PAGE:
08 June 2005

Theology and Variegated Nomenclature

Because minds greater and more focused than my own have seen value in reducing argumentation to writing as a means to finding holes in argumentation, I am going to make some sort of effort to record a thought today. My stupidity will have fewer hiding places on a page than in my head. Perhaps in spare moments I will continue this practice; hardwiring my mind to a keyboard again would be good for me.

Today I was wondering about the source of theological terminology. A professor taught in class today that union with Christ appears to be used differently in different contexts. Sometimes it is a reference to union to the saving work of Christ and experienced by both OT and NT believers. In other contexts union with Christ refers to a work of the Spirit (namely Spirit Baptism, 1 Cor 12:13), which exclusively introduces believers into the body of Christ or the NT universal church.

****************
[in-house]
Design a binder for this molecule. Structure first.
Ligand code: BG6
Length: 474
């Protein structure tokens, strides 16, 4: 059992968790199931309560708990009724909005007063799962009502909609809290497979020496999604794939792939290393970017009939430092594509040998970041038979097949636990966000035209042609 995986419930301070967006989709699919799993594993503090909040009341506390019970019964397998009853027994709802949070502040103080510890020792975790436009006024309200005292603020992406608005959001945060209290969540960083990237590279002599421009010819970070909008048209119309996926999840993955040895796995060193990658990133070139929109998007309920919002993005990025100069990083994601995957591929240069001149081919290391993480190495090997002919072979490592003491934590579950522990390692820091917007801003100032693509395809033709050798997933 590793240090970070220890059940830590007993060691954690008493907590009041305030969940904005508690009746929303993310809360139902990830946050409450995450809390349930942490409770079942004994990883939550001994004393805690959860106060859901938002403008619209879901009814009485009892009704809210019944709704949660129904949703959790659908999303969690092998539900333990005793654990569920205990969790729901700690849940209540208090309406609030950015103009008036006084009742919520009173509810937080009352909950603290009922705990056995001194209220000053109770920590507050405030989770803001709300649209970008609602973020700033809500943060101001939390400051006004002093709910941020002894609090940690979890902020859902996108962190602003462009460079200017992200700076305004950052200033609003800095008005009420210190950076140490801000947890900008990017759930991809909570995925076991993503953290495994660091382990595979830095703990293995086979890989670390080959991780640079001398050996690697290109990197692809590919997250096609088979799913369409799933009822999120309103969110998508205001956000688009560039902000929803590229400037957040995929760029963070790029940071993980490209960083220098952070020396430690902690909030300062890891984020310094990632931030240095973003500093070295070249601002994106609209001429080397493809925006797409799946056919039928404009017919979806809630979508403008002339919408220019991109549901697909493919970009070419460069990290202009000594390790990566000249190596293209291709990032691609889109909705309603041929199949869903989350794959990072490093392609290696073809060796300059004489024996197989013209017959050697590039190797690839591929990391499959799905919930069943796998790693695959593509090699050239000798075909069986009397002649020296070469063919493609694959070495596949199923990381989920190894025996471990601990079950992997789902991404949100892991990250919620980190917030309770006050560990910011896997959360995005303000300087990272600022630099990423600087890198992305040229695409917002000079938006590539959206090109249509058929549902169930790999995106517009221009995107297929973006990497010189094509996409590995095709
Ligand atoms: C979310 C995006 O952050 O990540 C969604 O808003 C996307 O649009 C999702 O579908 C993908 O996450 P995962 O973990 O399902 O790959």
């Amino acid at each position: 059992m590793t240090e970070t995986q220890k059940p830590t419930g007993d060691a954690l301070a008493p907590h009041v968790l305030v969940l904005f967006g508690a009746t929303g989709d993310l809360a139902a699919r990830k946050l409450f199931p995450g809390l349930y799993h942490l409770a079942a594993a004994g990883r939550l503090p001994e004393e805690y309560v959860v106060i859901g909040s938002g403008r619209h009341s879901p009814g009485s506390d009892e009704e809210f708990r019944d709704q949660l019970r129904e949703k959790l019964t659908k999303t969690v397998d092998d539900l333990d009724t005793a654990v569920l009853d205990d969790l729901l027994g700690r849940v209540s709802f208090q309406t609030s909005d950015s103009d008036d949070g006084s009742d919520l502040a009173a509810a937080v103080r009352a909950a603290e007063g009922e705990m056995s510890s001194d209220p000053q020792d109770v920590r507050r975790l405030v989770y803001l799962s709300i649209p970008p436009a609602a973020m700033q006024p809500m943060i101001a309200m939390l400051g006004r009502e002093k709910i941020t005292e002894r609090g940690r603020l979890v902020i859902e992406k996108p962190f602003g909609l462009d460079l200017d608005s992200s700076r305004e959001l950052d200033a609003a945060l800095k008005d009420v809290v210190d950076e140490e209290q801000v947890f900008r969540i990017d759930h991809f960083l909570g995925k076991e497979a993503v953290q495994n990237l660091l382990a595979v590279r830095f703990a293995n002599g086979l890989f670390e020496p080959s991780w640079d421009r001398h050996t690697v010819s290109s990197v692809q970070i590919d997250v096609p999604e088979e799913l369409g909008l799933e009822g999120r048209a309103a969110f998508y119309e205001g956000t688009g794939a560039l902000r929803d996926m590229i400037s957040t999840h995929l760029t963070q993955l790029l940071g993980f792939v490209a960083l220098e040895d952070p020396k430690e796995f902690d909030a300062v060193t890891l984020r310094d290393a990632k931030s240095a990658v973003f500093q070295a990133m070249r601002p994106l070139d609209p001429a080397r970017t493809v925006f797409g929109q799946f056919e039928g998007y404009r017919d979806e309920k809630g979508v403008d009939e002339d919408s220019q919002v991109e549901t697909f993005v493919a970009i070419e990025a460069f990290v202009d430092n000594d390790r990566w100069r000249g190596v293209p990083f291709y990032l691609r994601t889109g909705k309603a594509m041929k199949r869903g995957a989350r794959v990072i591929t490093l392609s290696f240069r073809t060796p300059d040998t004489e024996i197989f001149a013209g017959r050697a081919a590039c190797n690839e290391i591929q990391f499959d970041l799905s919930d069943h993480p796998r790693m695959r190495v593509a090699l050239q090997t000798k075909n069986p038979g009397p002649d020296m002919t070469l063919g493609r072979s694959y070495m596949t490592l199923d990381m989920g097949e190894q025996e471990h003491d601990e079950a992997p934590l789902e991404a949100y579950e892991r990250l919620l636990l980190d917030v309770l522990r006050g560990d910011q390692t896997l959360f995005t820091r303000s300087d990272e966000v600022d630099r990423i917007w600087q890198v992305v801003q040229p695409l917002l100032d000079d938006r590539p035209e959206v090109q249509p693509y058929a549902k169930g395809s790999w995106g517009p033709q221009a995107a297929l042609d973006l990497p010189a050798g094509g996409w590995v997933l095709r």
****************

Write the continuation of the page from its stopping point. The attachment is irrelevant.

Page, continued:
The methodology implicit in this definition of union with Christ seems to be that the lexical data en Christo refer to the theological concept of union with Christ. Because en Christo is used in different ways by NT authors, the NT concept of union with Christ is "variegated" (to use a word I recently had the pleasure of meeting through a mutual friend).

My take is this: I come to a theological category (like union with Christ) through exegetical study of certain detailed passages (in this instance, Romans 5-8). Basically when the Biblical author seems to be purposefully explaining himself, when he is consciously explaining a concept, I try to articulate (if only mentally) the concept that he is trying to get at. Then, when I see similar lexical data in other passages, I try to see if the author is indeed referring to the same concept or if he is simply using the same words to describe something else. And, when I see disparate lexical data, I sometimes think, "Isn't that basically the same thing as such-and-such, which is expressed otherwise elsewhere?"

The difference I am describing may be subtle, so I will try to put it as bluntly as I can: Does our theological terminology tie itself directly to Biblical usage of terms or does theological terminology express conceptual links across disparate or similar Biblical term usage?